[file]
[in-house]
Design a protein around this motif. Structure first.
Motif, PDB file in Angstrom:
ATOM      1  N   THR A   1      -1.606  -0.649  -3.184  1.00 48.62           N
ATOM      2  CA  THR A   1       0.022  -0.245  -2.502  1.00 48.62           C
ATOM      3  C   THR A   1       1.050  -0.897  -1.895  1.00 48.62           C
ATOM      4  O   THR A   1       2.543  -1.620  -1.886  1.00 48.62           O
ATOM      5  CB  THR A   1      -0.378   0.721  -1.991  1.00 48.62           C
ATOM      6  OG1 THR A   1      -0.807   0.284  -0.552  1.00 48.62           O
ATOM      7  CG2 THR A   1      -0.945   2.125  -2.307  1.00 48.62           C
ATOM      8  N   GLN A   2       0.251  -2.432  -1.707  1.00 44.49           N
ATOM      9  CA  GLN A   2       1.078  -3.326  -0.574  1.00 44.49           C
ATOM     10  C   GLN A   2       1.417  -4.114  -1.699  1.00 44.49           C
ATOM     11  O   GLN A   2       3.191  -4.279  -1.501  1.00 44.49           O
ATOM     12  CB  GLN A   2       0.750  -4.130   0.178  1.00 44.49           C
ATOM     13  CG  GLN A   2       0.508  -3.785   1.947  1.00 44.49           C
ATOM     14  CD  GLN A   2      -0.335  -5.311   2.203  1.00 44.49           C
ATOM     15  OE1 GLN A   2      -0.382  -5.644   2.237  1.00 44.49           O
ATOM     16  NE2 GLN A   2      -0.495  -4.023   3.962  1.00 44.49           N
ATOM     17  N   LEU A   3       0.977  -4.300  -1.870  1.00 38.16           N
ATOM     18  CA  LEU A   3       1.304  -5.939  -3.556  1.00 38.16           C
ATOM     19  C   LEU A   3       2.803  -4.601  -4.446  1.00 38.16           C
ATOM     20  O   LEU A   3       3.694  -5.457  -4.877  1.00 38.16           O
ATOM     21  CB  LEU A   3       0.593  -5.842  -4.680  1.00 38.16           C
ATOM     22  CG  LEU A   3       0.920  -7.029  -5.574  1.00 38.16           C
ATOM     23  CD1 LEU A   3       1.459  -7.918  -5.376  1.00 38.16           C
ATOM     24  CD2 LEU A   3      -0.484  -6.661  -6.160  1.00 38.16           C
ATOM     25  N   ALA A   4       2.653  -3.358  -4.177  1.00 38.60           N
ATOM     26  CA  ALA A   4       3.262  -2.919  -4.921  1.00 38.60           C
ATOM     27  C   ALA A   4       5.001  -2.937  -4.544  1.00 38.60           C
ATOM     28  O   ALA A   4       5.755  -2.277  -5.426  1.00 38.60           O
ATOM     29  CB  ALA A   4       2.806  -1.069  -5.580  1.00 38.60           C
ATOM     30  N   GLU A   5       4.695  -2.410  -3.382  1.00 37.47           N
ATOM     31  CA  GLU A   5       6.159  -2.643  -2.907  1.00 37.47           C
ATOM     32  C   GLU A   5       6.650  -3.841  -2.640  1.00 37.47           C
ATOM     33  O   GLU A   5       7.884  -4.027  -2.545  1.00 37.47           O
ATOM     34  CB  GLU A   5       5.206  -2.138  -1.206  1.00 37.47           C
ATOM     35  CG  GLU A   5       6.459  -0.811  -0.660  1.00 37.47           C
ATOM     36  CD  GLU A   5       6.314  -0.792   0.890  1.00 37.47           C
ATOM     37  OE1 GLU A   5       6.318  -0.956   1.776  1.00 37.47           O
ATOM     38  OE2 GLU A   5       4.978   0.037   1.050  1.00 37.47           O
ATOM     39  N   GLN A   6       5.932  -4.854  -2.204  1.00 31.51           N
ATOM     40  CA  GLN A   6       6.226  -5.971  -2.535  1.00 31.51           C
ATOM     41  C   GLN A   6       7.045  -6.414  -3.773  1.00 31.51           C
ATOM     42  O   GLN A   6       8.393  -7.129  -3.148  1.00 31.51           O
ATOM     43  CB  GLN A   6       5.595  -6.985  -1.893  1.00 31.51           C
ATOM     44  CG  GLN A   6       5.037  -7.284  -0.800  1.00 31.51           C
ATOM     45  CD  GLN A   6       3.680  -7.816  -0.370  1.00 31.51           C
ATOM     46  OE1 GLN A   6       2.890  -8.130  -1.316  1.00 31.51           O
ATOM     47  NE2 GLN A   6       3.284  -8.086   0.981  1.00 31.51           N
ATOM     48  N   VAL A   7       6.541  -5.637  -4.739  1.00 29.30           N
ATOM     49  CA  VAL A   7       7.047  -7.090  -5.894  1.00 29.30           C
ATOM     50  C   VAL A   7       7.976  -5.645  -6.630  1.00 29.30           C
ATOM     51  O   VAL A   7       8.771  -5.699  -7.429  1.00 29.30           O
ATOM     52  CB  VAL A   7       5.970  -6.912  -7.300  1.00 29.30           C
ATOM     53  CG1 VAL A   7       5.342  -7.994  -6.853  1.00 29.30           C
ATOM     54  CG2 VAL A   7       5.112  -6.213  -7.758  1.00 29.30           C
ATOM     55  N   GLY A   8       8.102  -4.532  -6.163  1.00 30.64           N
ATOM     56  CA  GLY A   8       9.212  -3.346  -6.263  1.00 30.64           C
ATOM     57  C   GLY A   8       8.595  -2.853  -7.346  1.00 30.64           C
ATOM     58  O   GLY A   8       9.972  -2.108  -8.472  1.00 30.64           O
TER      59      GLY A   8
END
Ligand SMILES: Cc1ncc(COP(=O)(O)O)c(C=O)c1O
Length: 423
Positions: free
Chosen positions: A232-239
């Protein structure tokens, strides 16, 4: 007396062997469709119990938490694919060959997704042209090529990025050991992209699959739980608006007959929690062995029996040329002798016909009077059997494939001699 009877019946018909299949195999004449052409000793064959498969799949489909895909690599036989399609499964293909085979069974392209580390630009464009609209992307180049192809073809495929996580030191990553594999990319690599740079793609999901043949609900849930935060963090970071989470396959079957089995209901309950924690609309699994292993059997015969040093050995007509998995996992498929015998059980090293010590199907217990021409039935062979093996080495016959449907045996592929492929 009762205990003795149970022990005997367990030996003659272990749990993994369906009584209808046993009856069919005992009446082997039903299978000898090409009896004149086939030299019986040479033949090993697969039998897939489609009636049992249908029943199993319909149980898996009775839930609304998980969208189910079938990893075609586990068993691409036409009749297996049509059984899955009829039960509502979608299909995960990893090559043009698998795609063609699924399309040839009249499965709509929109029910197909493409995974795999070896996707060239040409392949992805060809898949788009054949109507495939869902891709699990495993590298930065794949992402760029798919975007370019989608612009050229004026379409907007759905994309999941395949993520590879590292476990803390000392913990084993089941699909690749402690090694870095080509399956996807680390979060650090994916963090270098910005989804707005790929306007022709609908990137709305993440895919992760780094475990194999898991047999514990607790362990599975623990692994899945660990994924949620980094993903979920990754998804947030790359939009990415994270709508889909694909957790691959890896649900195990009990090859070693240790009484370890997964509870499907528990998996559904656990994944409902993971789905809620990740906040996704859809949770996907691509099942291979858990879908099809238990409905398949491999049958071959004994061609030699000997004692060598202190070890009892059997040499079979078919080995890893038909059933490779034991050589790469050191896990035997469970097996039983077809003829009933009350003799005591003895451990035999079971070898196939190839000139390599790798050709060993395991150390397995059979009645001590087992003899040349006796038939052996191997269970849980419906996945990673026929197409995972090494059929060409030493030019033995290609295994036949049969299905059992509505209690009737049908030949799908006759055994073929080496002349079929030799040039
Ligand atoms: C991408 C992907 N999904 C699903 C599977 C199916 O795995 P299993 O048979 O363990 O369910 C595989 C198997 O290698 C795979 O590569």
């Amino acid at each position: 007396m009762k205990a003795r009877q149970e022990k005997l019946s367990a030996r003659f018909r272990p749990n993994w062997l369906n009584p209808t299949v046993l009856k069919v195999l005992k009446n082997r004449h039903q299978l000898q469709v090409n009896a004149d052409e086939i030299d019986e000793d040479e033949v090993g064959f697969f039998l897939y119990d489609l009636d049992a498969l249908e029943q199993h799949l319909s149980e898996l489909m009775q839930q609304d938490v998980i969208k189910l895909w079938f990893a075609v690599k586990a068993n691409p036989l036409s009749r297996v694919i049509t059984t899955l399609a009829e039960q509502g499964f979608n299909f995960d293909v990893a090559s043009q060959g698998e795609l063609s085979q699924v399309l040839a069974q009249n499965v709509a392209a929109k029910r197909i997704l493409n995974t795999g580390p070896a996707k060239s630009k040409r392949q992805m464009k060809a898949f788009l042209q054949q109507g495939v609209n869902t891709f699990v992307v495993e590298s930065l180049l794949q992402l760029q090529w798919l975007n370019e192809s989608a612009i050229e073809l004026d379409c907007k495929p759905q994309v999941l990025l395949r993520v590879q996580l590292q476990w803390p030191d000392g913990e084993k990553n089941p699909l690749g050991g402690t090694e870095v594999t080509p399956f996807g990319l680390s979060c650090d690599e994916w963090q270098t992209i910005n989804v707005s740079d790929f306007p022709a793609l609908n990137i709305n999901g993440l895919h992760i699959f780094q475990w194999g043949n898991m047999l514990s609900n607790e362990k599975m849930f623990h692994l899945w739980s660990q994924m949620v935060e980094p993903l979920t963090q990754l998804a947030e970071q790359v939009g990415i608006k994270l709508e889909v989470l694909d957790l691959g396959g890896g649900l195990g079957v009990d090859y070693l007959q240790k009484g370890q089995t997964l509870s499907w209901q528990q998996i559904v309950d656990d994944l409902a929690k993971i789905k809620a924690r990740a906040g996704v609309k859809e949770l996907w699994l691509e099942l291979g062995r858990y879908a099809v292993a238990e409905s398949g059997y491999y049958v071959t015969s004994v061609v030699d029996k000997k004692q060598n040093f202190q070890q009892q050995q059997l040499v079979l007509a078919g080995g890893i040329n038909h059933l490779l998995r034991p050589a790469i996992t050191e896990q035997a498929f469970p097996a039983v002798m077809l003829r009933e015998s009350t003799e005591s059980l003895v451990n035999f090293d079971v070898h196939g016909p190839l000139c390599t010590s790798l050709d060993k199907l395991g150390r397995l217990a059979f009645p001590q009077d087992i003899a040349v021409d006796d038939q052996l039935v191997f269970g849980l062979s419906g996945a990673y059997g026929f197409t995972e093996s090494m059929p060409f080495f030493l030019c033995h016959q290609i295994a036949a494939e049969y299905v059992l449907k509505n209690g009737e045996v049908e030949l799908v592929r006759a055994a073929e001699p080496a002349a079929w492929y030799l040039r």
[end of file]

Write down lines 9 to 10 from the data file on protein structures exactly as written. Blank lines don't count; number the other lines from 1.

ATOM      6  OG1 THR A   1      -0.807   0.284  -0.552  1.00 48.62           O
ATOM      7  CG2 THR A   1      -0.945   2.125  -2.307  1.00 48.62           C